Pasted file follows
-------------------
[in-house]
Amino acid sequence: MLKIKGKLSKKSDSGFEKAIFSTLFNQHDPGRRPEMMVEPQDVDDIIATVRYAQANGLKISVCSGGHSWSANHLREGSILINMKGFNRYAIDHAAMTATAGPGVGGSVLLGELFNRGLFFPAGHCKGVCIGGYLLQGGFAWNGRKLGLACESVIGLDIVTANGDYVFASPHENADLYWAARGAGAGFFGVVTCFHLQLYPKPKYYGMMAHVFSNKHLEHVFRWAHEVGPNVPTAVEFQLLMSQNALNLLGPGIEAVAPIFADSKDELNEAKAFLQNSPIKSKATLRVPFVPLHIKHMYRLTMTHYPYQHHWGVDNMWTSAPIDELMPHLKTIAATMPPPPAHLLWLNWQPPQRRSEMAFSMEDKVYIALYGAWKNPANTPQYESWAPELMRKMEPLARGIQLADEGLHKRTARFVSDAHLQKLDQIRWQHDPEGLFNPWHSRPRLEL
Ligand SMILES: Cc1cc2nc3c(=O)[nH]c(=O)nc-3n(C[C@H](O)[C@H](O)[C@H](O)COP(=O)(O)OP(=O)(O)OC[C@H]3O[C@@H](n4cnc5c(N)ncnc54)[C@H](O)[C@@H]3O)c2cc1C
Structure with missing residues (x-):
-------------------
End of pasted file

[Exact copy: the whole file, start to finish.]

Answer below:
[in-house]
Amino acid sequence: MLKIKGKLSKKSDSGFEKAIFSTLFNQHDPGRRPEMMVEPQDVDDIIATVRYAQANGLKISVCSGGHSWSANHLREGSILINMKGFNRYAIDHAAMTATAGPGVGGSVLLGELFNRGLFFPAGHCKGVCIGGYLLQGGFAWNGRKLGLACESVIGLDIVTANGDYVFASPHENADLYWAARGAGAGFFGVVTCFHLQLYPKPKYYGMMAHVFSNKHLEHVFRWAHEVGPNVPTAVEFQLLMSQNALNLLGPGIEAVAPIFADSKDELNEAKAFLQNSPIKSKATLRVPFVPLHIKHMYRLTMTHYPYQHHWGVDNMWTSAPIDELMPHLKTIAATMPPPPAHLLWLNWQPPQRRSEMAFSMEDKVYIALYGAWKNPANTPQYESWAPELMRKMEPLARGIQLADEGLHKRTARFVSDAHLQKLDQIRWQHDPEGLFNPWHSRPRLEL
Ligand SMILES: Cc1cc2nc3c(=O)[nH]c(=O)nc-3n(C[C@H](O)[C@H](O)[C@H](O)COP(=O)(O)OP(=O)(O)OC[C@H]3O[C@@H](n4cnc5c(N)ncnc54)[C@H](O)[C@@H]3O)c2cc1C
Structure with missing residues (x-):